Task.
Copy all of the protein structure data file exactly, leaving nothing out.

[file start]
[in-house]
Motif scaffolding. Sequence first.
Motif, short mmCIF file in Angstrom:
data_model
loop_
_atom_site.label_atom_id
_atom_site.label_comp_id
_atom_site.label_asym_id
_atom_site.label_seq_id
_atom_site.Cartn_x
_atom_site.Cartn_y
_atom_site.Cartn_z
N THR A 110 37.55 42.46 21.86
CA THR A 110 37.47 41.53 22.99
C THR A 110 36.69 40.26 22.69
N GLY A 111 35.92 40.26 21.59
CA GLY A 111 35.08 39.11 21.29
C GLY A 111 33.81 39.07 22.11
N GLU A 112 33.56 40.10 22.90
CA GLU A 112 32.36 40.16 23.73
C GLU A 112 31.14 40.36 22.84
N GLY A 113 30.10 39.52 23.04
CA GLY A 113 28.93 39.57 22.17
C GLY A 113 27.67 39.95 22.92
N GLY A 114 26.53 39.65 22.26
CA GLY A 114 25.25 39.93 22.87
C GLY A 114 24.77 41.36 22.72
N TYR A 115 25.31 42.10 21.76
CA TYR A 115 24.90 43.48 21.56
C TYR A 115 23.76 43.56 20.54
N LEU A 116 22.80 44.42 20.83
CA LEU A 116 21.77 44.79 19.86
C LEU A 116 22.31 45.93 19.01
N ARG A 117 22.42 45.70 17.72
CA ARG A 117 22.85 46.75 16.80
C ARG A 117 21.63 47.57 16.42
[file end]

[in-house]
Motif scaffolding. Sequence first.
Motif, short mmCIF file in Angstrom:
data_model
loop_
_atom_site.label_atom_id
_atom_site.label_comp_id
_atom_site.label_asym_id
_atom_site.label_seq_id
_atom_site.Cartn_x
_atom_site.Cartn_y
_atom_site.Cartn_z
N THR A 110 37.55 42.46 21.86
CA THR A 110 37.47 41.53 22.99
C THR A 110 36.69 40.26 22.69
N GLY A 111 35.92 40.26 21.59
CA GLY A 111 35.08 39.11 21.29
C GLY A 111 33.81 39.07 22.11
N GLU A 112 33.56 40.10 22.90
CA GLU A 112 32.36 40.16 23.73
C GLU A 112 31.14 40.36 22.84
N GLY A 113 30.10 39.52 23.04
CA GLY A 113 28.93 39.57 22.17
C GLY A 113 27.67 39.95 22.92
N GLY A 114 26.53 39.65 22.26
CA GLY A 114 25.25 39.93 22.87
C GLY A 114 24.77 41.36 22.72
N TYR A 115 25.31 42.10 21.76
CA TYR A 115 24.90 43.48 21.56
C TYR A 115 23.76 43.56 20.54
N LEU A 116 22.80 44.42 20.83
CA LEU A 116 21.77 44.79 19.86
C LEU A 116 22.31 45.93 19.01
N ARG A 117 22.42 45.70 17.72
CA ARG A 117 22.85 46.75 16.80
C ARG A 117 21.63 47.57 16.42